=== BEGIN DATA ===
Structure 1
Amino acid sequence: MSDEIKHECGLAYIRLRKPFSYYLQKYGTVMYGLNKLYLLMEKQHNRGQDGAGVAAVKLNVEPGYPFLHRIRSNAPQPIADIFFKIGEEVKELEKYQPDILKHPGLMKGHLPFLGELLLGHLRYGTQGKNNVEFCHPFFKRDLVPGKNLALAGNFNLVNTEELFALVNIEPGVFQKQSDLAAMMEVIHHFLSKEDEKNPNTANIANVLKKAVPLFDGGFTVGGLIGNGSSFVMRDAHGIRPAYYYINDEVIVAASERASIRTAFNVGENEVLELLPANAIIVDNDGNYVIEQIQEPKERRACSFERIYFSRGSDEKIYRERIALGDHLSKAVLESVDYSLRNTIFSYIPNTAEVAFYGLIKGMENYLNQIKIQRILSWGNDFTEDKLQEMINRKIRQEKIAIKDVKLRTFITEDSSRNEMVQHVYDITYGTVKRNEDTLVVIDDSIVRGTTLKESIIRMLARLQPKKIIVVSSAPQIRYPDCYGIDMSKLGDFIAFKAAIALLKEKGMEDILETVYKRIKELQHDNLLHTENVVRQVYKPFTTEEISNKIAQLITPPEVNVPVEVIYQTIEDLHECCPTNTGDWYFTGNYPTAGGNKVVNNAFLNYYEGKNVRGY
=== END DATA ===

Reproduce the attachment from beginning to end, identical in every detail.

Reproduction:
Structure 1
Amino acid sequence: MSDEIKHECGLAYIRLRKPFSYYLQKYGTVMYGLNKLYLLMEKQHNRGQDGAGVAAVKLNVEPGYPFLHRIRSNAPQPIADIFFKIGEEVKELEKYQPDILKHPGLMKGHLPFLGELLLGHLRYGTQGKNNVEFCHPFFKRDLVPGKNLALAGNFNLVNTEELFALVNIEPGVFQKQSDLAAMMEVIHHFLSKEDEKNPNTANIANVLKKAVPLFDGGFTVGGLIGNGSSFVMRDAHGIRPAYYYINDEVIVAASERASIRTAFNVGENEVLELLPANAIIVDNDGNYVIEQIQEPKERRACSFERIYFSRGSDEKIYRERIALGDHLSKAVLESVDYSLRNTIFSYIPNTAEVAFYGLIKGMENYLNQIKIQRILSWGNDFTEDKLQEMINRKIRQEKIAIKDVKLRTFITEDSSRNEMVQHVYDITYGTVKRNEDTLVVIDDSIVRGTTLKESIIRMLARLQPKKIIVVSSAPQIRYPDCYGIDMSKLGDFIAFKAAIALLKEKGMEDILETVYKRIKELQHDNLLHTENVVRQVYKPFTTEEISNKIAQLITPPEVNVPVEVIYQTIEDLHECCPTNTGDWYFTGNYPTAGGNKVVNNAFLNYYEGKNVRGY